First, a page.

New Symphony Season Begins With Belt-Tightening

Conductor Giancarlo Guerrero leads the orchestra in rehearsal.  The maestro agreed to cuts in both benefits and his salary, which last year came to more than $470,000. Credit: Nina Cardona/WPLN

Conductor Giancarlo Guerrero leads the orchestra in rehearsal. The maestro agreed to cuts in both benefits and his salary, which last year came to more than $470,000. Credit: Nina Cardona/WPLN

The Nashville Symphony closes the door on a tumultuous summer tonight with a season opening program of tense, dramatic music.

The bank did not foreclose on the Schermerhorn Symphony Center in June. The orchestra’s survival doesn’t seem to be in question anymore. But the ensemble can’t relax yet: 20 million dollars of debt remains on the books.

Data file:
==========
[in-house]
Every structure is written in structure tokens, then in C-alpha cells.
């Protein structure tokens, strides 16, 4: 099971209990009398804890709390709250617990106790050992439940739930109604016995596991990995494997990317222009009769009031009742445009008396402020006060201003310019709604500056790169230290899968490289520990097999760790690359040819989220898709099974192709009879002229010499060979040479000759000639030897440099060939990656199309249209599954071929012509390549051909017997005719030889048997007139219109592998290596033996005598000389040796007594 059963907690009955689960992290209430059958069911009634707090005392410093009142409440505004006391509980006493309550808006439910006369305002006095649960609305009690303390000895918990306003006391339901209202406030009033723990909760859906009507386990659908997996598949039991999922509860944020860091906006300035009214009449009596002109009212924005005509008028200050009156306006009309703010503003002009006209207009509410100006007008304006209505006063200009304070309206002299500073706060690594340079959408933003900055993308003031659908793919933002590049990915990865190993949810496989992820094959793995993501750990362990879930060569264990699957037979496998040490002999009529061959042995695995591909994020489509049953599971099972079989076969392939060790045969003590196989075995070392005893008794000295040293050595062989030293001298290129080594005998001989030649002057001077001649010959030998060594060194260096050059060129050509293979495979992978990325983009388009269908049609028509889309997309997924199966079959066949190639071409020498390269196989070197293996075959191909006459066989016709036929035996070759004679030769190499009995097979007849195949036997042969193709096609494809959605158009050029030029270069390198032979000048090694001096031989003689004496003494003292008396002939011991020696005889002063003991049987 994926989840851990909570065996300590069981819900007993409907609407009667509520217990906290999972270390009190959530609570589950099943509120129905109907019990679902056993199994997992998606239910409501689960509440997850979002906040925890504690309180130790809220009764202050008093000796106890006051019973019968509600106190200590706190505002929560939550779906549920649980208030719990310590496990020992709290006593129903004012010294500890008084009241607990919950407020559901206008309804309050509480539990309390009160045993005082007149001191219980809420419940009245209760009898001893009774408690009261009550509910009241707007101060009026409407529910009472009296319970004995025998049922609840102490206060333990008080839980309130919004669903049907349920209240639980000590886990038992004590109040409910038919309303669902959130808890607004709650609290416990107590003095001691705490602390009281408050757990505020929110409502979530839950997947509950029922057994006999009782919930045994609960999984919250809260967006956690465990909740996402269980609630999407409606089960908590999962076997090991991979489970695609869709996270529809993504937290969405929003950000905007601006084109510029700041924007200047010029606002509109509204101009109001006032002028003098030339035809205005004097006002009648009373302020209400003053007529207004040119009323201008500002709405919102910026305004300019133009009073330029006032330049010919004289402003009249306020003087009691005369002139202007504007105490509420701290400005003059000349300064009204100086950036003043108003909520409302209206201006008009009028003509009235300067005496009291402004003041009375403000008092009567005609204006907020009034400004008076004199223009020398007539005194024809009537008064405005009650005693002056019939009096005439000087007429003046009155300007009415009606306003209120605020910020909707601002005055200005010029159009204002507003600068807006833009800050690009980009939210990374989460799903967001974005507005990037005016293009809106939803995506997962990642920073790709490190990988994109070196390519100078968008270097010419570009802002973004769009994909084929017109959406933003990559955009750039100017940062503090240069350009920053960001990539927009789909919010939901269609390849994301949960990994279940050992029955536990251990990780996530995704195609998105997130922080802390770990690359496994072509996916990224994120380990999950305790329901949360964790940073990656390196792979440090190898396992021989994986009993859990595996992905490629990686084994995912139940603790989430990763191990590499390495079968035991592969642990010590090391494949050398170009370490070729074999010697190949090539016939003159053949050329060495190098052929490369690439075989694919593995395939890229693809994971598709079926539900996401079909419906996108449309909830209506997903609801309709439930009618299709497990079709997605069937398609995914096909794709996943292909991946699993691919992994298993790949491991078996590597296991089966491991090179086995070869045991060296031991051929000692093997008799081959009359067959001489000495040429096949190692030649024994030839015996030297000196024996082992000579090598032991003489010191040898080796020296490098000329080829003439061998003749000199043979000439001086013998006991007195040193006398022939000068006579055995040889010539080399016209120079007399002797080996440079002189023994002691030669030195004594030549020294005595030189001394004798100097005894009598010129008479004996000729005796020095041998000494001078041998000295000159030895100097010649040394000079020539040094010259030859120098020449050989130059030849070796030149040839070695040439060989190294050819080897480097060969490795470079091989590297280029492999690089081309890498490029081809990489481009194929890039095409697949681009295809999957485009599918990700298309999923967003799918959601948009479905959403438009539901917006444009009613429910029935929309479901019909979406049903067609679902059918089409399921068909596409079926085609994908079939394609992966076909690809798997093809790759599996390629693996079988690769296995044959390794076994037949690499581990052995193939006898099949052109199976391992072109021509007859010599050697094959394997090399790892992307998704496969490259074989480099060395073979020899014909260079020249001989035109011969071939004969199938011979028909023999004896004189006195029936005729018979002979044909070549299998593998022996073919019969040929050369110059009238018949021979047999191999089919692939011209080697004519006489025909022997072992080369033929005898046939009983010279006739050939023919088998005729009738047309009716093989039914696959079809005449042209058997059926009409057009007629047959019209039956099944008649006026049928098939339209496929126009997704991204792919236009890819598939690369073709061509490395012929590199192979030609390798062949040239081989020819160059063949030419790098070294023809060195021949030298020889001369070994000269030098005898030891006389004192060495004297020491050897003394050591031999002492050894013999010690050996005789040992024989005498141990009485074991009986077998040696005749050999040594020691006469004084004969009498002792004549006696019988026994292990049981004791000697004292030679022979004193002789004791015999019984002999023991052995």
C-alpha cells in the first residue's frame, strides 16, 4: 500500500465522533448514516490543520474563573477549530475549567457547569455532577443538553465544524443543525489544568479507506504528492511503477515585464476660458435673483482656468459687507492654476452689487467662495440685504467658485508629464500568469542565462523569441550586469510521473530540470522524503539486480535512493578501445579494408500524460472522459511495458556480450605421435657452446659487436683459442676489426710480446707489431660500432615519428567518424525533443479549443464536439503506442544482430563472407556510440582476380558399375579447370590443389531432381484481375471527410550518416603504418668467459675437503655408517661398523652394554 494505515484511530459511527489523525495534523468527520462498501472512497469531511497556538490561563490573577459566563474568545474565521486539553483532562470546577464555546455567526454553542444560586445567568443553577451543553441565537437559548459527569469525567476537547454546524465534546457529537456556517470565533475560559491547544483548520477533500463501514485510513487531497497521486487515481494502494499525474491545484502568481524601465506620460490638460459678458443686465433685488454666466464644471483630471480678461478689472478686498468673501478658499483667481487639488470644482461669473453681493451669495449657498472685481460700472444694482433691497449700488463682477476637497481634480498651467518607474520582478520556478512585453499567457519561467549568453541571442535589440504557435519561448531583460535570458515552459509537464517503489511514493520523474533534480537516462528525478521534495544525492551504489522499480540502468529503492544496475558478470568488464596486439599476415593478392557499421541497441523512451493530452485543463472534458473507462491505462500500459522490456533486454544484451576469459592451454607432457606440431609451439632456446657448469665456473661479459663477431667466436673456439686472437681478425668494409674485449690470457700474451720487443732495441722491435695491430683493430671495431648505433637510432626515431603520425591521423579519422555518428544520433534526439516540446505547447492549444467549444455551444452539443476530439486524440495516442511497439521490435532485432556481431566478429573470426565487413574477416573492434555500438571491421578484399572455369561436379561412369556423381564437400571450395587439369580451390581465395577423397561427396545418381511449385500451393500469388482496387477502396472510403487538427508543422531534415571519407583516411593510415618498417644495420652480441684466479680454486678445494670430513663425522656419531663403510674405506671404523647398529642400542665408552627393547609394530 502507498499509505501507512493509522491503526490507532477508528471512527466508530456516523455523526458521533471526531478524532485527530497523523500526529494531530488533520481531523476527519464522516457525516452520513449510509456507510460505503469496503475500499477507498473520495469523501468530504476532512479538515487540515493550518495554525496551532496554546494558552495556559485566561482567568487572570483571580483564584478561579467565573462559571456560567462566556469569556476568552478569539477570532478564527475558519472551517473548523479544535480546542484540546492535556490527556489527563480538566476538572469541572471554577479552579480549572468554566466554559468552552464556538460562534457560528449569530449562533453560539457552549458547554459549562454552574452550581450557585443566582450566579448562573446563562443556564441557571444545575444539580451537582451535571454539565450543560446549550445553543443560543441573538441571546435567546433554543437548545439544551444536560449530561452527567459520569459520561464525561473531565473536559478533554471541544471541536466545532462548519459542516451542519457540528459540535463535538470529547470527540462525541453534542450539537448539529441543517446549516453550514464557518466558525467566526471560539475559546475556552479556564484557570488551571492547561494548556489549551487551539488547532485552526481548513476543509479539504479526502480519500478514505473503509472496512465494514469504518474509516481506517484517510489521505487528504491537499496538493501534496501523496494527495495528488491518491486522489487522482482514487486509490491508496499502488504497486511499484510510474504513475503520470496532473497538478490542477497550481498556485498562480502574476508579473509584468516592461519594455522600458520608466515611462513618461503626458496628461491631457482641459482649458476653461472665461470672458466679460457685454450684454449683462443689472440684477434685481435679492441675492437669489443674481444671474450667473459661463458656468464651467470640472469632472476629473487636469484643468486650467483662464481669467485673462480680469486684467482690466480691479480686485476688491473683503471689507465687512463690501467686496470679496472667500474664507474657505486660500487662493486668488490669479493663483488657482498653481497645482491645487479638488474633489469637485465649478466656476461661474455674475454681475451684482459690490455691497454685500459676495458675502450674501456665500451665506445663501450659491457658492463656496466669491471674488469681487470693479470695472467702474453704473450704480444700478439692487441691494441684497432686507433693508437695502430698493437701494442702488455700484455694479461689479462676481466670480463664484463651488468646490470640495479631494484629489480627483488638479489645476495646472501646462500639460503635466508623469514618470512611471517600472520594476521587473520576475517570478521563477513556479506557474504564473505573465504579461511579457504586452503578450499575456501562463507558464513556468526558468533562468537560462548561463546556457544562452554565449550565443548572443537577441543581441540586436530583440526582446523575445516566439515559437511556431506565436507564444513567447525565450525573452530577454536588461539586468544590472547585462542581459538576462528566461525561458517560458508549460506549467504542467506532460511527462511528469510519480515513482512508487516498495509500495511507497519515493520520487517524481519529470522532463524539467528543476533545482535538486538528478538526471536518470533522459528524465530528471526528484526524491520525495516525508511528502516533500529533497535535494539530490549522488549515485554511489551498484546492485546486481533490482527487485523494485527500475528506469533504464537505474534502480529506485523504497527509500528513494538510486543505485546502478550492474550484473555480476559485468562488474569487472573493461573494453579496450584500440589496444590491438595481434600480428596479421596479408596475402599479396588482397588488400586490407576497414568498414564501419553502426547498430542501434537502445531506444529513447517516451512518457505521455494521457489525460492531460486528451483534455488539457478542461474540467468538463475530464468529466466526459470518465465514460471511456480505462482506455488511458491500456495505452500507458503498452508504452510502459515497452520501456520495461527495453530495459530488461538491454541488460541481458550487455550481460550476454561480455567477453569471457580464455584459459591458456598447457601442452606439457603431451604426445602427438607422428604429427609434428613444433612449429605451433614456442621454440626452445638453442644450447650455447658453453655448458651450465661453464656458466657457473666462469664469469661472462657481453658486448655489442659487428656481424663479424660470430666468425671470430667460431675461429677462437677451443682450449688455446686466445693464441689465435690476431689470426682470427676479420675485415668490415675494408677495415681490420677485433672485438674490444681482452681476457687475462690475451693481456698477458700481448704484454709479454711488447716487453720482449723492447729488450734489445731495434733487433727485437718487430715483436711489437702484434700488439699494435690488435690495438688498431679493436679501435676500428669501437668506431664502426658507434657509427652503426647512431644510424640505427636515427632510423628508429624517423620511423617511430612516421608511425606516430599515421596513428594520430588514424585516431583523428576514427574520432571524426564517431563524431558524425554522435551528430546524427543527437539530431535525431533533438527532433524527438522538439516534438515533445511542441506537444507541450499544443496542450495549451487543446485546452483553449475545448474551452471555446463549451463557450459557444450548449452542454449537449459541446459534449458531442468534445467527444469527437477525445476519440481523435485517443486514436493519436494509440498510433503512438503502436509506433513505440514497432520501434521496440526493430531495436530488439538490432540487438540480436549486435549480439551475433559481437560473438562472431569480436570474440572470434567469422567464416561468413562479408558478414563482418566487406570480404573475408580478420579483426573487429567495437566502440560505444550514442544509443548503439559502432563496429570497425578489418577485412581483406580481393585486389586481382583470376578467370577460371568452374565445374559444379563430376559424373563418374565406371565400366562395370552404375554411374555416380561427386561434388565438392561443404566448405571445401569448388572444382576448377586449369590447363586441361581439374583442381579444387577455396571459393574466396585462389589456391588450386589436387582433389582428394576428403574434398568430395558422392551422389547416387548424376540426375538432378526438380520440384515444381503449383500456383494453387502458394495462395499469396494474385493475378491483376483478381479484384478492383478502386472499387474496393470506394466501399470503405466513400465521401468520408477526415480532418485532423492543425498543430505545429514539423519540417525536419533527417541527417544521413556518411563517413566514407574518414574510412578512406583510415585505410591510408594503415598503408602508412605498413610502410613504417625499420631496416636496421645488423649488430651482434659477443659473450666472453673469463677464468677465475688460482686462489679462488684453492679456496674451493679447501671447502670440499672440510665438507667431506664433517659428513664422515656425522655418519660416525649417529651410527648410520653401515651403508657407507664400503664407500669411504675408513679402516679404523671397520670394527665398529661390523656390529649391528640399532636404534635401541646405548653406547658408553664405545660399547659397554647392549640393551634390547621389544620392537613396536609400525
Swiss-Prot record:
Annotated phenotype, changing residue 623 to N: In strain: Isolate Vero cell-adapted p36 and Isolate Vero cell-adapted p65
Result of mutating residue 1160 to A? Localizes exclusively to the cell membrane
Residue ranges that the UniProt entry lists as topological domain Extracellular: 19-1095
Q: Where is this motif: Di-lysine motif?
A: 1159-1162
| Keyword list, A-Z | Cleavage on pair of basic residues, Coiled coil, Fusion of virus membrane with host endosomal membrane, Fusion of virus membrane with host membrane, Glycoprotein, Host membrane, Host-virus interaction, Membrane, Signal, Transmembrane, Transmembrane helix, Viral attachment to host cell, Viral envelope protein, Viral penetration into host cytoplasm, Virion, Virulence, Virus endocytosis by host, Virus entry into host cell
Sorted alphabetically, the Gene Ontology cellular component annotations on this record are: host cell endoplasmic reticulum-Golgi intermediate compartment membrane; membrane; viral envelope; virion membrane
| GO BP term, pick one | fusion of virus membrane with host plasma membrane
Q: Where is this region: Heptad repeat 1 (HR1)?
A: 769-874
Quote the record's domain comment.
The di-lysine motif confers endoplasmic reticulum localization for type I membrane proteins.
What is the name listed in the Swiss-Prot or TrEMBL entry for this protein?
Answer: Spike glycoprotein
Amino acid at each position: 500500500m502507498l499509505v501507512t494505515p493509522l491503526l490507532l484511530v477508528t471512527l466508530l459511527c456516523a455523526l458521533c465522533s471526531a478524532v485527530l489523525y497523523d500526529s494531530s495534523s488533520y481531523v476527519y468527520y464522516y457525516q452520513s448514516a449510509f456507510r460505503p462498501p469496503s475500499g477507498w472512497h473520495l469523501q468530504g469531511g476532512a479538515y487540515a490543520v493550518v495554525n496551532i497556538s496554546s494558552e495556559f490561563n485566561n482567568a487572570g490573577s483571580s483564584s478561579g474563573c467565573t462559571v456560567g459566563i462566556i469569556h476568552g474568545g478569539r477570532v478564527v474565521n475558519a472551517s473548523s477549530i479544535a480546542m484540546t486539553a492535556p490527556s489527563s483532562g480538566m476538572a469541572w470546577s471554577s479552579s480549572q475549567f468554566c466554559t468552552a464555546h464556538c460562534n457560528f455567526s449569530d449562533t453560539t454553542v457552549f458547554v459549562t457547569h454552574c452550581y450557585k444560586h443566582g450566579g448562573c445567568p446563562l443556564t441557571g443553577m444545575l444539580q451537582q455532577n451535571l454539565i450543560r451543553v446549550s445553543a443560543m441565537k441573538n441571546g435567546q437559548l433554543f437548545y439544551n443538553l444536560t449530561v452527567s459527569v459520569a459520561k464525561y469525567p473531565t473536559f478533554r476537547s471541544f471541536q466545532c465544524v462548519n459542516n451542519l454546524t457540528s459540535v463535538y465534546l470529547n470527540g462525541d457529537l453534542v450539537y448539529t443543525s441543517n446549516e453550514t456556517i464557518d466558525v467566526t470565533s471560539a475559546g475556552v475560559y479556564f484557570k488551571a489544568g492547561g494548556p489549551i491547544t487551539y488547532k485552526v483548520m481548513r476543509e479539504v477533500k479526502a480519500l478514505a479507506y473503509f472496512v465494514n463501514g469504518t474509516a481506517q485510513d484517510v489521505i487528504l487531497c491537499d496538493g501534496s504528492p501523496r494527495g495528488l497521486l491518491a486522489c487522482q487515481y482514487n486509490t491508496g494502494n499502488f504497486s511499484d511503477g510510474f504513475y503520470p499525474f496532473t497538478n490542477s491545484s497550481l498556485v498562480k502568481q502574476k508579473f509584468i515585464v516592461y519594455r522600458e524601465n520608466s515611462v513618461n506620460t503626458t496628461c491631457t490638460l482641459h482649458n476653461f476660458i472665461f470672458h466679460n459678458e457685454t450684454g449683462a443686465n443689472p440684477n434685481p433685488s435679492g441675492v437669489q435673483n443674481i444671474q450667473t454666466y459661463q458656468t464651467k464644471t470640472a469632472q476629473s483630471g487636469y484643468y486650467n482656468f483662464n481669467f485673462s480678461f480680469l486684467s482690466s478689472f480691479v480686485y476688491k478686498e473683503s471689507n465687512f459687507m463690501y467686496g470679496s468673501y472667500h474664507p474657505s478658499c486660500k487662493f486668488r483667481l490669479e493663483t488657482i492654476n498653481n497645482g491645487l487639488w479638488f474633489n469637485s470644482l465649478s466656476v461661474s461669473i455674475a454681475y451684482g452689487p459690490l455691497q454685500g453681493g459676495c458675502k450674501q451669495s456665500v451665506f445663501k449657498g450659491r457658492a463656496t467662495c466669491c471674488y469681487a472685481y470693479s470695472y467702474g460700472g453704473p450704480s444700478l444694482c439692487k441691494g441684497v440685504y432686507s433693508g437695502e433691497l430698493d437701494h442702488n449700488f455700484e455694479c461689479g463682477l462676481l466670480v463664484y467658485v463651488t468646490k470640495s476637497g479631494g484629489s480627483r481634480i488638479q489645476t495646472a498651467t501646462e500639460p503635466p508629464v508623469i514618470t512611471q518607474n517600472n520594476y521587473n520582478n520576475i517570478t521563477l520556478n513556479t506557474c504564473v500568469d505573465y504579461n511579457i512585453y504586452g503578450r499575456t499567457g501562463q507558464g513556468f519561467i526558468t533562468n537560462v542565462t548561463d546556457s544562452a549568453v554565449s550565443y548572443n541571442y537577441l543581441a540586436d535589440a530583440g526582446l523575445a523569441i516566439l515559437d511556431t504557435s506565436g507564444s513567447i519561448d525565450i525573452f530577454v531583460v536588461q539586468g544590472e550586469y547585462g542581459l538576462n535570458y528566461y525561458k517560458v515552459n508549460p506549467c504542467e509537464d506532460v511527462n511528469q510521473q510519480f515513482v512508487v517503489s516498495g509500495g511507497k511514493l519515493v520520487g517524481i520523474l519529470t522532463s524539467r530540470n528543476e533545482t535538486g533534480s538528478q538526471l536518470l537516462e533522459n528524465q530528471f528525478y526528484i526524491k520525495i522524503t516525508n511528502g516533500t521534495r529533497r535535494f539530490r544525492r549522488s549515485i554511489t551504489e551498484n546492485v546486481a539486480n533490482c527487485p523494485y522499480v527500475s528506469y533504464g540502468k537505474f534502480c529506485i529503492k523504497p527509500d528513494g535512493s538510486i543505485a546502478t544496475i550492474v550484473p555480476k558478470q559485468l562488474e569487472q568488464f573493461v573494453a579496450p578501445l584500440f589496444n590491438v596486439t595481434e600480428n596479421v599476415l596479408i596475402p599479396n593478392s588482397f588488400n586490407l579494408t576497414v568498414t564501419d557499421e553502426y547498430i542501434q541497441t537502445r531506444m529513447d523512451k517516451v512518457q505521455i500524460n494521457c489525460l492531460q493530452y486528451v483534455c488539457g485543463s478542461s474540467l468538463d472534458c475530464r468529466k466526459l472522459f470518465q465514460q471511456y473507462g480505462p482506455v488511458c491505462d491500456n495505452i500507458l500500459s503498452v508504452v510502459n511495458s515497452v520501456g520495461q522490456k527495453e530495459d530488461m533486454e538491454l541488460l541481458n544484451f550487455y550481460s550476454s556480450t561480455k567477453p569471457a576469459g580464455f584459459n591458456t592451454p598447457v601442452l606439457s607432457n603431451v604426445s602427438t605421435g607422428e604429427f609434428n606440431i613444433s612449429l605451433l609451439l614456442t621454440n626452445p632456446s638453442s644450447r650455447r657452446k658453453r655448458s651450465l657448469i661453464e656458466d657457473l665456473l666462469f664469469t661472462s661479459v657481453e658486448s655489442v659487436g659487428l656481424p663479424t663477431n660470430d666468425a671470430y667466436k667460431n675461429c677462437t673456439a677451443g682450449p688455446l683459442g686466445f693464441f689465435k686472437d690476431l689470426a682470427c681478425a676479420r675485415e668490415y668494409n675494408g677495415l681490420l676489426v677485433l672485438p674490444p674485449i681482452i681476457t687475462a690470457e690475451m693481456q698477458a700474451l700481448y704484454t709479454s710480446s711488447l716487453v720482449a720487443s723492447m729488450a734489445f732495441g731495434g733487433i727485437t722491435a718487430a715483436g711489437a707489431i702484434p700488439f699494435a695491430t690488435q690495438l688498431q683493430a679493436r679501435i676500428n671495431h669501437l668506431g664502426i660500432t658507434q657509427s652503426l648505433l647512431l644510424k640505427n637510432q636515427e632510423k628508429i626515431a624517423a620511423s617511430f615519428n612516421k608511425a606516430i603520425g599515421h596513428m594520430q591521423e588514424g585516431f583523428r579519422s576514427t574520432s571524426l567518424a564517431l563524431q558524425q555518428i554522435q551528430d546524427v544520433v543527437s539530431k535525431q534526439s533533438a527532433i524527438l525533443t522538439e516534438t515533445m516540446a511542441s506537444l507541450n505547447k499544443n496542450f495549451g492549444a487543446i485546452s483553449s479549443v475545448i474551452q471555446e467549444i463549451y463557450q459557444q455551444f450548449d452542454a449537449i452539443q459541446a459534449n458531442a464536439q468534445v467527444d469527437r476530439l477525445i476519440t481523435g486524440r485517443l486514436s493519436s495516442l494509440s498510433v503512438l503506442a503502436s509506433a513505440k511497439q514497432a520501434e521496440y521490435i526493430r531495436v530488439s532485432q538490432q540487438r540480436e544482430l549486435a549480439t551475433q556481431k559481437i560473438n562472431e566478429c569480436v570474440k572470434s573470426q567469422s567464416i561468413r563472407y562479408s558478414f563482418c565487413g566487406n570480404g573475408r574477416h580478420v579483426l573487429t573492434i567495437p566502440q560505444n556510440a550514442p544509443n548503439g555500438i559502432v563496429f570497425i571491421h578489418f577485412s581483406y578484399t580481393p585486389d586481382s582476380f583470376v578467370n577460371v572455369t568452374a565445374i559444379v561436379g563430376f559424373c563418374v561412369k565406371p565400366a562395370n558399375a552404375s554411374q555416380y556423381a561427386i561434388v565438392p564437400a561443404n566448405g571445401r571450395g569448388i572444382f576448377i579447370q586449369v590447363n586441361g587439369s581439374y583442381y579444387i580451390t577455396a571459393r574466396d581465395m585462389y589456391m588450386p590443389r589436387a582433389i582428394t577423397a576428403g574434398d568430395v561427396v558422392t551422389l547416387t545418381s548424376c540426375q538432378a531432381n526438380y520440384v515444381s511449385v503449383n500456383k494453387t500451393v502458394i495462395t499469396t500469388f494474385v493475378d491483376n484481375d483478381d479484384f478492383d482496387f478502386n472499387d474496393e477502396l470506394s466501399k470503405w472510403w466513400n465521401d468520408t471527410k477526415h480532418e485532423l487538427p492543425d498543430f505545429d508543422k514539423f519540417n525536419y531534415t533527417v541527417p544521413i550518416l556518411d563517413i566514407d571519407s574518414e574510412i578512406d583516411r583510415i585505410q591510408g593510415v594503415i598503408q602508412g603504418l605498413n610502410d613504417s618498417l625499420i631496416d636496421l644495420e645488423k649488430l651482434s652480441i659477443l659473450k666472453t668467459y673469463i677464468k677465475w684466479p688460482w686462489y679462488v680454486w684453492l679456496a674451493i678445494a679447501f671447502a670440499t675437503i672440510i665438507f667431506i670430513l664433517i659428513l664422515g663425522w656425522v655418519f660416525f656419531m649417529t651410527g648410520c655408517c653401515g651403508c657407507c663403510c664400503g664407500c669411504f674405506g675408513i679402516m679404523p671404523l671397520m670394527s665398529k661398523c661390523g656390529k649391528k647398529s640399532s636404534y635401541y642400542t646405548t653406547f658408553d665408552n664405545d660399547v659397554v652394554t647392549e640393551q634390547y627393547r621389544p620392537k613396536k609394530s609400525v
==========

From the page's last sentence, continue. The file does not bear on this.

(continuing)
The performance schedule has not been trimmed, but just about everything else has. Food service jobs at the hall are gone altogether, administrators took a 15 percent salary cut, and the musician’s union agreed to reduce their pay at the same rate.

However, the players’ new contract only buys a short reprieve. The agreement lasts just one year, and union president Dave Pomeroy has made it clear he considers it a stopgap measure.

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